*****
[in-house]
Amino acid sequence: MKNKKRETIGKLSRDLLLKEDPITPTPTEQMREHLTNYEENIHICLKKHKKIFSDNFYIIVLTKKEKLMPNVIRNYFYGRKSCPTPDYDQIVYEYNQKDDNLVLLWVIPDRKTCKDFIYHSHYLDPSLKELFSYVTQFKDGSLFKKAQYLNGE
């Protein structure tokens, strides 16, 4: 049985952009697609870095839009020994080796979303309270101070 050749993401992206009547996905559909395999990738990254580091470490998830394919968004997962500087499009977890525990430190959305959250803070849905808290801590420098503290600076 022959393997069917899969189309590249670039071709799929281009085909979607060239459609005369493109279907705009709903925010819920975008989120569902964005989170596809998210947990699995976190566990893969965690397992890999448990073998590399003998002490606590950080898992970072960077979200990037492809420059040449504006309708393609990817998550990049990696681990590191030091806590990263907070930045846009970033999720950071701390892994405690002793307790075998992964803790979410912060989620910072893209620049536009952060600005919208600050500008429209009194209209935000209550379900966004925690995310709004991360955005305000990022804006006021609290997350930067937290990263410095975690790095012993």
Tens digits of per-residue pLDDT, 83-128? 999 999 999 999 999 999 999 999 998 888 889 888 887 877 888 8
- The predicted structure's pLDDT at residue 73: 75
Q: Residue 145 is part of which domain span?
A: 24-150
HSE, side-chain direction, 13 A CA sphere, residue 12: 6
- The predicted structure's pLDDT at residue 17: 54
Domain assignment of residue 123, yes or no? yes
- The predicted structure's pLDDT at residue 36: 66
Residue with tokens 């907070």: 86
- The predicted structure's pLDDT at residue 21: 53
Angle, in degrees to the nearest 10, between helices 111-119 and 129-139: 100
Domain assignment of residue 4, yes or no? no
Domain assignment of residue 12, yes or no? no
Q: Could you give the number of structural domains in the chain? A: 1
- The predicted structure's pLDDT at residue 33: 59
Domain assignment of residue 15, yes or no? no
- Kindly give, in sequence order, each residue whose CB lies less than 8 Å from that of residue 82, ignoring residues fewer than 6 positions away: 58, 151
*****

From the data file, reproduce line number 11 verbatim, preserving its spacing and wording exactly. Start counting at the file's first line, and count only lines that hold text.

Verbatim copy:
- The predicted structure's pLDDT at residue 36: 66